The Economy of Empathy with the Underside: A Hermeneutics of Contraction

David J. Livingston, Vanderbilt University
"Social Reconciliation": A Responsible Response to Intimate Violence?

William S. Waldron, Middlebury College
The Origin of Suffering and the Eradication of Evil: The Middle Path from the Buddha to Darwin and Back

Main Session II

Theme: Spirituality in Contexts
Kelly Bulkeley, Graduate Theological Union, Presiding

Evelyn Leslie, Saybrook Institute, and Reo N. Leslie, Jr., Iliff School of Theology and University of Denver
Narrative Spirituality in African-American Contexts: A Case Study of Four African Americans

Stephen Parker, Regent University
Pentecostal Spirituality: Resources for Managing Congregational Life

G. William Barnard, Southern Methodist University
Visions of Wholeness: Glimpses of a Transformative Spirituality

Theodore Brelsford, Emory University
New Age Spirituality: Toward Meeting the Mental Demands of Postmodern Life

Joint Session with Ritual Studies Group

Theme: Sacrificing People: Homicide as Religious Experience
Diane Jonte-Pace, Santa Clara University, Presiding


Tom Driver, Union Seminary, New York City
Carl Raschke, University of Denver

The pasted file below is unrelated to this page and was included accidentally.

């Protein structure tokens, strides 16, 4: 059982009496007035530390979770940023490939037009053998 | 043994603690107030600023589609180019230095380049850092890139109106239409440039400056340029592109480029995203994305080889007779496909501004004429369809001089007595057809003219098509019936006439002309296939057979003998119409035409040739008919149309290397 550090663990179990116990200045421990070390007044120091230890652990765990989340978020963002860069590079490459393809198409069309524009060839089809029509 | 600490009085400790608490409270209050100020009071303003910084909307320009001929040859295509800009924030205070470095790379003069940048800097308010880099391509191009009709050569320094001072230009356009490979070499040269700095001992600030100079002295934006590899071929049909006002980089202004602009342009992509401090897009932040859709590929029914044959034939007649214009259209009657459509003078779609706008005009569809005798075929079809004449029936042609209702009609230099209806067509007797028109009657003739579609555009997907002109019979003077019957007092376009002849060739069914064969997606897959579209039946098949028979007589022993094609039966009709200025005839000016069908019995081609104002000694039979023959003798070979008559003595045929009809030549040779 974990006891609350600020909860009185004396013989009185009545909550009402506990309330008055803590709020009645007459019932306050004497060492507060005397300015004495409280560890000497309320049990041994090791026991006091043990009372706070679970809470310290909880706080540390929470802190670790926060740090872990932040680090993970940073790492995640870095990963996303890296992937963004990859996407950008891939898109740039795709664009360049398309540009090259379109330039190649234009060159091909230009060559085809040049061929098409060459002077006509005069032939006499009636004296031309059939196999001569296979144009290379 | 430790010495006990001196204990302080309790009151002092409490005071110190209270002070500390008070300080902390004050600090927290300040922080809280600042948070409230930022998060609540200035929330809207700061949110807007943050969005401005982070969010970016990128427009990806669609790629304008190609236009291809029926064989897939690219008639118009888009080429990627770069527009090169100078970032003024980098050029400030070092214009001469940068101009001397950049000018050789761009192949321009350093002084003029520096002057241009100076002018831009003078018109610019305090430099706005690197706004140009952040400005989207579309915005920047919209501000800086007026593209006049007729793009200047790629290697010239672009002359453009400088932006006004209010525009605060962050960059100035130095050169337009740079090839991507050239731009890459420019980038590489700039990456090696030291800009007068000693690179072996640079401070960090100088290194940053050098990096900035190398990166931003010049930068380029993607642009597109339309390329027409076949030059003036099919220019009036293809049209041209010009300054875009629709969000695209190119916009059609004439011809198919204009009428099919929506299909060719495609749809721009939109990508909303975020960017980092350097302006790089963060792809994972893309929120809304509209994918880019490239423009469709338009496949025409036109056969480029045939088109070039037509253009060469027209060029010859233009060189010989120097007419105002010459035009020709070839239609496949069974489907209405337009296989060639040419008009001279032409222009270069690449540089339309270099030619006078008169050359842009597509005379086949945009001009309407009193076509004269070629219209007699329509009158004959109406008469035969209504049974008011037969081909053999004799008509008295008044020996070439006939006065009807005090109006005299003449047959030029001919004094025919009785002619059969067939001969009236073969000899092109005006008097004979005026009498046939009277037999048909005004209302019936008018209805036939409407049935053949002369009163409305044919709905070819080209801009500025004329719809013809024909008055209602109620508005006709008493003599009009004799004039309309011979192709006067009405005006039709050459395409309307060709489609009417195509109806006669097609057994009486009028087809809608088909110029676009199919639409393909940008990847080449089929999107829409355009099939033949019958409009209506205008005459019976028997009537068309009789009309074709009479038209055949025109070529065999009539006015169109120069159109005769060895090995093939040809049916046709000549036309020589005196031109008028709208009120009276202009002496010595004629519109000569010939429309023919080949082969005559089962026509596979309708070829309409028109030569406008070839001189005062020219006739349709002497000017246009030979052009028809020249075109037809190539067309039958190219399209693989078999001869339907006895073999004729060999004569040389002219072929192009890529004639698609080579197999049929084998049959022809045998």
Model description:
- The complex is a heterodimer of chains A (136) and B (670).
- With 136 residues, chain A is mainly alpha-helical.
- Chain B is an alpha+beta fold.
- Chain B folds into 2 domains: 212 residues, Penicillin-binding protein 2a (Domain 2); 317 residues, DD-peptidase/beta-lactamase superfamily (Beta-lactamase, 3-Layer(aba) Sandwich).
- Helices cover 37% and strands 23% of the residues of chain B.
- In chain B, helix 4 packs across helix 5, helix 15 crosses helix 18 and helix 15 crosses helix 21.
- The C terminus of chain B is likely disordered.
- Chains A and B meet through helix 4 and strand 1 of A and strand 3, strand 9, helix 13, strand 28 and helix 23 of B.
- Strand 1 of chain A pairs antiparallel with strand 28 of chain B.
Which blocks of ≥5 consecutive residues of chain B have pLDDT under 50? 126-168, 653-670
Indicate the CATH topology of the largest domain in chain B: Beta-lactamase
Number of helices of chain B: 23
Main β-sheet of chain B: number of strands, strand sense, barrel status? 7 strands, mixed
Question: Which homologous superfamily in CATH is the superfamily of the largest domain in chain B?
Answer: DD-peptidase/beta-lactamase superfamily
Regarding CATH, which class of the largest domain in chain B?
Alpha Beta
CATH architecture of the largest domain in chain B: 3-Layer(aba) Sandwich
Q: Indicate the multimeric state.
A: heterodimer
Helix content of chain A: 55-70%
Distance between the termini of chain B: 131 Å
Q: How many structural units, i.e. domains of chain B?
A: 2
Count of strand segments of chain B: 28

William Harman, DePauw University
Brian K. Smith, University of California, Riverside

Ivan Strenski, University of California, Riverside



Lee Butler has accepted a position as Assistant Professor of Theology and Psychology at Chicago Theological Seminary. His focus will be pastoral psychology as well as pastoral care and counseling. A few of the courses that he will teach in the coming academic year include "Preaching and Pastoral Care," "Psychodynamics of Biblical Narratives," and "Race, Gender, Class, and Pastoral Counseling." With his interest in African American liberation theologies and psychologies, his work at CTS will frequently address topics related to those issues.

Diane Jonte-Pace reports that she has been awarded tenure and promotion to the rank of Associate Professor in the Department of Religious Studies at Santa Clara University. She'd like to thank the members of PCR for their support over the years. Diane has also been appointed to the position of Chair of the Editorial Board of the Religious Studies Review. She invites anyone interested in writing booknotes for the RSR to contact her at djontepace@mailer.scu.edu.